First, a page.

The Chinese built pits to preserve the ice for cool summer drinks, says Luciana Polliotti, head of the Gelato Museum in the Italian city of Bologna and an ice cream historian.

“The Silk Road was dotted with thousands of snow huts, snow pits and ice storage rooms built to preserve these precious and miraculous products of nature, where travellers and merchants would stop to refresh themselves with delicious iced juices,” she explains.

The first type of ice cream product had a watery consistency and was more of a slush than a paste-like flavoured cream, according to the museum.

“At the beginning it was just a frozen, refreshing drink to savour and enjoy, especially in the hot summer months,” Polliotti says.

“The gastronomic use of ice and snow, and the art of mixing ice with fruit juice, honey, herbs, seeds and flowers, is as old as man himself, and it is impossible to say which country first invented a rudimentary form of ice cream. Iced drinks have been a sweet treat invented across the world, both in the Mediterranean region and Asia, and they quickly became a lifestyle trend.”

All ancient civilisations, it seems, loved frozen “cocktails” and were ready to travel far and wide to fetch snow from high on mountain peaks and store it in pits. Ruins of such structures have been recovered by archaeologists in all corners of the world.

In Mesopotamia, imperial dispatch runners walked hundreds of kilometres to find the snow and ice necessary to cool drinks served at royal banquets, while Greek ruler Alexander the Great was apparently a big fan of ancient ice cream.

“Wherever he went, as he conquered foreign countries and his empire spread, Alexander would build ice houses and he made the iced drinks culture flourish,” says Polliotti, adding that the ancient Romans’ lavish feasts often featured “snow fountains” decorated with gold and silver, used to mix ice with sweet wine and honey.

The Gelato Museum is dedicated to the understanding and study of the history, culture, technology and know-how behind the production of gelato – meaning “ice cream” in Italian. It has an interactive tour where more than 20 original ice cream machines and rudimentary coolers from the 1600s are displayed, alongside 10,000 historical images and documents, precious tools and accessories.

There are hundreds of ancient recipes, with oddities such as ice cream made with bread, red cinnamon, violets, rose buds, fennel seeds, grapes, oregano, truffle and jasmine flowers, and different kinds of milk – sheep, goat, mule, cow – each with their own supposed healing properties.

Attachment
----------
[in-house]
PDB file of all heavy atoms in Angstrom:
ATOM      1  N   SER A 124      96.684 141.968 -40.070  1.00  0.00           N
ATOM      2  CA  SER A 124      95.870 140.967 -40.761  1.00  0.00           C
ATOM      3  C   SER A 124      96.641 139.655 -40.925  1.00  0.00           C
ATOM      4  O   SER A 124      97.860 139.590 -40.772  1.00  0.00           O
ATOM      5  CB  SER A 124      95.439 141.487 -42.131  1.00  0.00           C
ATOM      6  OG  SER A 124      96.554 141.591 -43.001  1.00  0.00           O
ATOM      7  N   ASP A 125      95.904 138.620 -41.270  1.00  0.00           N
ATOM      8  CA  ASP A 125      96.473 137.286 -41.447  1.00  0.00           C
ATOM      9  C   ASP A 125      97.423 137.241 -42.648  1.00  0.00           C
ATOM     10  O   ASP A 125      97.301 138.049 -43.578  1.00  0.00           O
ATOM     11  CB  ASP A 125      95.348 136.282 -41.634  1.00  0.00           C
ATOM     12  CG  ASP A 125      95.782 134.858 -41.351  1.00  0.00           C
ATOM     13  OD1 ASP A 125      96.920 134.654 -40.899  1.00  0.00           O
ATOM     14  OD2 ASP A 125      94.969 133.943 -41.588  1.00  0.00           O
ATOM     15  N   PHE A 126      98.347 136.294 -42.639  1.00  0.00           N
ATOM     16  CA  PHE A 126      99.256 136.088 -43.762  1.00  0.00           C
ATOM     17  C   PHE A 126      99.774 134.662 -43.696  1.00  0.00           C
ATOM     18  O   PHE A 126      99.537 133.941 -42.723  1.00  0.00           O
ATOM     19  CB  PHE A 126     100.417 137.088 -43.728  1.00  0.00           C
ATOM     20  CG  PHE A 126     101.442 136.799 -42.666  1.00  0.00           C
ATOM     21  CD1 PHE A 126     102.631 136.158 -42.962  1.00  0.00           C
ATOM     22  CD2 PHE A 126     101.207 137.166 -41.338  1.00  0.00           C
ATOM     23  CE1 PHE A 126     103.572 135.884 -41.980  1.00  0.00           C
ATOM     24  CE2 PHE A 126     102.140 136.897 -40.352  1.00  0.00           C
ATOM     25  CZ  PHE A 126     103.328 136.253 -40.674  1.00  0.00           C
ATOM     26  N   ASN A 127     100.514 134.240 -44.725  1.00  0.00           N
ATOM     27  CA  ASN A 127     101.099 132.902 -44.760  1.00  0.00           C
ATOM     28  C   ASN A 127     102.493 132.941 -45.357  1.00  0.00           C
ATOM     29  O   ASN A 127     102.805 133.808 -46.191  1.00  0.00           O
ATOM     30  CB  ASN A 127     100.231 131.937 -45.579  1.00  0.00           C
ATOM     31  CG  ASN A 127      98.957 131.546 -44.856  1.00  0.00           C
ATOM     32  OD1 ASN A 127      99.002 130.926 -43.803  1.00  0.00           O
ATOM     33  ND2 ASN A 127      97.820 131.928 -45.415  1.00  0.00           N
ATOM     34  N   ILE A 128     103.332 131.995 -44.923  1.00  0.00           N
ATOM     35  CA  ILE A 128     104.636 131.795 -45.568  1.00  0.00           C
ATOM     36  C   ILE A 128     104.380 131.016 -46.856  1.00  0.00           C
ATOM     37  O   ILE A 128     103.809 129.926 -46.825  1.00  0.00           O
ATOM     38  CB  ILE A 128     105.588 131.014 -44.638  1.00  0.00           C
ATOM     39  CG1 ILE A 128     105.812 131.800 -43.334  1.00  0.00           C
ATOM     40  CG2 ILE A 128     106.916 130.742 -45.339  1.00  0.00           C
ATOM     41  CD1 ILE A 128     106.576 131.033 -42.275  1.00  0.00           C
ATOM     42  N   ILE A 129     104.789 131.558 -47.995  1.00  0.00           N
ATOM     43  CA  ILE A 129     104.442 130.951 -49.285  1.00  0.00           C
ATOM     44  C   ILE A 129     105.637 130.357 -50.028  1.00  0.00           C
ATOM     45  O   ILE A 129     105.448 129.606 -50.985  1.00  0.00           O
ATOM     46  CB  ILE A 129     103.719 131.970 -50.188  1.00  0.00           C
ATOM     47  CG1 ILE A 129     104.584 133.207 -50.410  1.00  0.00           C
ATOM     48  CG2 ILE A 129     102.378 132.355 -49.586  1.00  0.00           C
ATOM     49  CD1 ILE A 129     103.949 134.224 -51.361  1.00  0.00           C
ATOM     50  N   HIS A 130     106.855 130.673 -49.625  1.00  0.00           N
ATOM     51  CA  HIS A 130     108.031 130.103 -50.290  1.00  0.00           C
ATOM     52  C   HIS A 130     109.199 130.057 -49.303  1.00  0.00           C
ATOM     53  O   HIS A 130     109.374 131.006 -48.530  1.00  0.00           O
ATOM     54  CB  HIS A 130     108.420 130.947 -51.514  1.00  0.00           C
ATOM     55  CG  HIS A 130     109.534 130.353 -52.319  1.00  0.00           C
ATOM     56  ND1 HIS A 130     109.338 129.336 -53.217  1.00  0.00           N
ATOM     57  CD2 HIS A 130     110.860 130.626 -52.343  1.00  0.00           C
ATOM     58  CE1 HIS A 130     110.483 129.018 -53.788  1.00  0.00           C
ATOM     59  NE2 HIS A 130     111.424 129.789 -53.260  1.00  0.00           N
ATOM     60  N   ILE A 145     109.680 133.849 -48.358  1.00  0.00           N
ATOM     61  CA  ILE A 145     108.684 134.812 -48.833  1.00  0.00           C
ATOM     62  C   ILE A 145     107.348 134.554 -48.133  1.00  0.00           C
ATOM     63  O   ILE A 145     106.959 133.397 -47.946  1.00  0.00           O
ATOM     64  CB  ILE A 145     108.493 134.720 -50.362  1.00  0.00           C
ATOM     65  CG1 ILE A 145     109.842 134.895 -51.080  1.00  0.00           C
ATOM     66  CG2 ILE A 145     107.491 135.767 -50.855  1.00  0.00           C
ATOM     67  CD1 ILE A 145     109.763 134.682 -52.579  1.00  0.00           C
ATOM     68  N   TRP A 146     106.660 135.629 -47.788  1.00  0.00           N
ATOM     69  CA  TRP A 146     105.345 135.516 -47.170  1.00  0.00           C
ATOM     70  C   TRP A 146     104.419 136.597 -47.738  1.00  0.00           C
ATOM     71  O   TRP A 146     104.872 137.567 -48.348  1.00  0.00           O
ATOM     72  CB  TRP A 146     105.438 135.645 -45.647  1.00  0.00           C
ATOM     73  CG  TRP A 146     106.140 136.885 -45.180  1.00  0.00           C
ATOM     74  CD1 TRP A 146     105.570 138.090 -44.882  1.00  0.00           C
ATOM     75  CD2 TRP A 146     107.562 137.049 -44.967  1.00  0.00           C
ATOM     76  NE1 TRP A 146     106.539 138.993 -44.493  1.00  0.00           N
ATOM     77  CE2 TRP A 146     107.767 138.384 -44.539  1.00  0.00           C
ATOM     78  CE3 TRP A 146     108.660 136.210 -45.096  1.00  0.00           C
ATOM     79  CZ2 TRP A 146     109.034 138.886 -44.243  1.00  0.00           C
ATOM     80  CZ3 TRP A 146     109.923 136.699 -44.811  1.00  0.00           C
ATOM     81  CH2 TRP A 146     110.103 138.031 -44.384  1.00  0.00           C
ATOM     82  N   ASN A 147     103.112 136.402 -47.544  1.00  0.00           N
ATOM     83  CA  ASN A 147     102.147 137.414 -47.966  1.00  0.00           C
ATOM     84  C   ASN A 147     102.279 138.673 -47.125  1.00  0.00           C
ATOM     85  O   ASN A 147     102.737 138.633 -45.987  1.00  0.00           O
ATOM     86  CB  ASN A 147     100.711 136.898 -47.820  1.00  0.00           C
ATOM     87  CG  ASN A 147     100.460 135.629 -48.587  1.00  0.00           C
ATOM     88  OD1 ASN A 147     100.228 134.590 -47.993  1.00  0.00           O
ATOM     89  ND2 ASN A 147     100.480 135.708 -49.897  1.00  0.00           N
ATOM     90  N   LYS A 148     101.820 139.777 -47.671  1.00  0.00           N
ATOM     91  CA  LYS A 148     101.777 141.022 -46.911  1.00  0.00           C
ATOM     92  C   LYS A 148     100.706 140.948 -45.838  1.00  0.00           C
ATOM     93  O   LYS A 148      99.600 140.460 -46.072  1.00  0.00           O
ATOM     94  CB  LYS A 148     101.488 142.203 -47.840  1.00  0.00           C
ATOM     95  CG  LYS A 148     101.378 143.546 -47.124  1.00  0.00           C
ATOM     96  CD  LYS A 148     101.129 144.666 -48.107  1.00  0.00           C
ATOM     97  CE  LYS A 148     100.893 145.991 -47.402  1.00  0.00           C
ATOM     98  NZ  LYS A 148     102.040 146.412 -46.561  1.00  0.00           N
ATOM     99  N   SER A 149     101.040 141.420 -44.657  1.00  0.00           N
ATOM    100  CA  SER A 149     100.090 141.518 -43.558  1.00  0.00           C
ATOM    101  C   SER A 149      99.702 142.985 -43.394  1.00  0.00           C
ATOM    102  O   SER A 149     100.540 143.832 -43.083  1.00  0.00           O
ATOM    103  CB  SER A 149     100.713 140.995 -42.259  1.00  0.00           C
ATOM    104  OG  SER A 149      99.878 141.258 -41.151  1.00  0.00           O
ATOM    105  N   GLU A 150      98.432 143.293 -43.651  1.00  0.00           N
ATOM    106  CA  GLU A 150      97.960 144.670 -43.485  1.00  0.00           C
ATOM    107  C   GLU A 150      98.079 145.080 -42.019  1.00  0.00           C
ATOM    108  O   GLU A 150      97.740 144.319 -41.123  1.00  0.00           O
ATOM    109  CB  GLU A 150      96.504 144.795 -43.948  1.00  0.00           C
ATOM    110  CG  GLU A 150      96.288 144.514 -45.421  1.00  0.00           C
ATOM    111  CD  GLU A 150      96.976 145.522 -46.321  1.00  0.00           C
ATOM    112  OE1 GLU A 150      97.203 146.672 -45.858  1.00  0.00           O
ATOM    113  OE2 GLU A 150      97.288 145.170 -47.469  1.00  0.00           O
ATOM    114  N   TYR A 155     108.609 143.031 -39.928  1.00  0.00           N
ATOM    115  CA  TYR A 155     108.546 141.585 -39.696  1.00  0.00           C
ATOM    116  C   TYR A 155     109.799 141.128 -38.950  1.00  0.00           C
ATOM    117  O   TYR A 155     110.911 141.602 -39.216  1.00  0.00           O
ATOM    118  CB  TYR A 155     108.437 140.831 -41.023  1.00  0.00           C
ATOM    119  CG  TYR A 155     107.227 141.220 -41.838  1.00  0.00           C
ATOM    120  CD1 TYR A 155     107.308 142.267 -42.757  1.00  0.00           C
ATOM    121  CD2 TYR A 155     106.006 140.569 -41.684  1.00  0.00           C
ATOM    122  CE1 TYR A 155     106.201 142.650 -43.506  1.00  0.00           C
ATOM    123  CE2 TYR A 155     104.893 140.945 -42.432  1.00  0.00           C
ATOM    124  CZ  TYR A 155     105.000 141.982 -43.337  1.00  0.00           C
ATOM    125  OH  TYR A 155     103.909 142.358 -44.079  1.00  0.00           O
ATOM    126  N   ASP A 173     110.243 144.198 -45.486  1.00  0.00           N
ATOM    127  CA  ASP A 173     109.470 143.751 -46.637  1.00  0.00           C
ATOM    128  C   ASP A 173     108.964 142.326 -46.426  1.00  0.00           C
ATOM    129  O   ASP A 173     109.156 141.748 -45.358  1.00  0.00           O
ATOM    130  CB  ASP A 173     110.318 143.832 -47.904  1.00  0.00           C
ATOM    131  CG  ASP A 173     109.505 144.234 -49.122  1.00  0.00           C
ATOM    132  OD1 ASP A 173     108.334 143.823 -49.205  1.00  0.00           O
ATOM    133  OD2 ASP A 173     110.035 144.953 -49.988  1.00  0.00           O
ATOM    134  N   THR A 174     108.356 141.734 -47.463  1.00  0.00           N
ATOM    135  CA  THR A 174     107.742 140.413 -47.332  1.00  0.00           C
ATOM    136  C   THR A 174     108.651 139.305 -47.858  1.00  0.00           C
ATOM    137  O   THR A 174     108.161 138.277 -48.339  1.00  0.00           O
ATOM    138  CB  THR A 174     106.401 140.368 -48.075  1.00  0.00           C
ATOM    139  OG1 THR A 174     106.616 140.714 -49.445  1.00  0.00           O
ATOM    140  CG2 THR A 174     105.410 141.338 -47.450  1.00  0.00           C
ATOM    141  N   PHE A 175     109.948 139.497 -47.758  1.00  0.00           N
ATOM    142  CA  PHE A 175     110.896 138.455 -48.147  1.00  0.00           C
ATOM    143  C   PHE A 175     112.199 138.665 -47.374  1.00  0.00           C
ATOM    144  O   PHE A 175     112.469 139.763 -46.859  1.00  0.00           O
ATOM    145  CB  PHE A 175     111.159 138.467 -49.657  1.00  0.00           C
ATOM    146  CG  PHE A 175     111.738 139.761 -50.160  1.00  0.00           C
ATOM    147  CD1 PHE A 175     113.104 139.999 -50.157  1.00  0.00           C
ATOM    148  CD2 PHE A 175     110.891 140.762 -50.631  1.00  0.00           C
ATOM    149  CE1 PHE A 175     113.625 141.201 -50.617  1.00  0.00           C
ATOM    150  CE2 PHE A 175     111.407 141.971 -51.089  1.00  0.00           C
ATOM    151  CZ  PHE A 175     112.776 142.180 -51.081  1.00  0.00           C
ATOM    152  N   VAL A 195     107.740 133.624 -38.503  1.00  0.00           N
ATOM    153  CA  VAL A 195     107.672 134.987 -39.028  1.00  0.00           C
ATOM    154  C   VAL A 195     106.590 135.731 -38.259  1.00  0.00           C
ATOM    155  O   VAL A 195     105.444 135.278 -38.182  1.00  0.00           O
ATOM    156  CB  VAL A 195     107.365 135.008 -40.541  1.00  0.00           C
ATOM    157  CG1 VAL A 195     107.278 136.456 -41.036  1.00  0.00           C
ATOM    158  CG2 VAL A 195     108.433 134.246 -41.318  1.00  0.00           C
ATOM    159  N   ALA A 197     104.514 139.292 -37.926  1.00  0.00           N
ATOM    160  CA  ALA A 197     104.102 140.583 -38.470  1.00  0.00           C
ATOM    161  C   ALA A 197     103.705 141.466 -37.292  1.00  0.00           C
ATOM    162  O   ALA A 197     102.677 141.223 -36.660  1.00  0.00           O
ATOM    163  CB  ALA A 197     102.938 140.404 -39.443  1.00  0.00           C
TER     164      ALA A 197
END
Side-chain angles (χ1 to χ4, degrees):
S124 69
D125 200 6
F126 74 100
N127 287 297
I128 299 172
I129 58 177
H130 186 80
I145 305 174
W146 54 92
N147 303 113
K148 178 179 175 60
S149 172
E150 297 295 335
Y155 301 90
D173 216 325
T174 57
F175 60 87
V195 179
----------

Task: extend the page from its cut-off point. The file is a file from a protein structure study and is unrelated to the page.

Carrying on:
“We did thorough research and went looking for sources, historical documents and objects; we’ve put together a comprehensive archive that sheds light into the marvel of such exquisite and fascinating food which has little-known origins,” Polliotti says.

Museum visitors are also treated to ice cream tasting sessions where they can try original old recipes and compare the results with modern ice cream.

According to the museum, Arabs invented their own sugary frosted drink known as shrb (sorbet) in the 11th century. A syrup or tisane made with healing herbs, spices, roots and flowers was put in a container that was then buried underneath ice. They exported it to all lands they conquered, including Sicily, where more than 400 different types of flowers were grown to flavour sorbets.

“It was an important evolutionary step: the container was a first form of natural freezer. There no longer was any direct contact between the ice and the flavoured drink,” Polliotti says.

But Salvatore Farina, head of Sicily’s Duciezio academy of top Sicilian pastry makers and artisan ice cream masters, says that the Arab shrb actually has Sicilian roots.

“I am proud to have found an historical document by Roman writer Marco Terenzio Varrone that clearly states how the Arab word was taken from the Latin verb sorbere, meaning to ‘slowly and leisurely sip’ a frozen drink,” he says. “In olden times, sorbet was served inside the thermopolia – ancient Roman snack bars.”

Sicily is today considered a kingdom of artisan ice cream and pastry, where chefs still make the treat widely regarded as Italy’s best granita – a hybrid of ice-cream and a slushee, thought to be the direct predecessor of modern gelato.

A dense mixture of sugar, water and ice, granita is blended with pistachios, toasted almonds or the best of Sicily’s seasonal fruit such as mandarins, lemons and figs.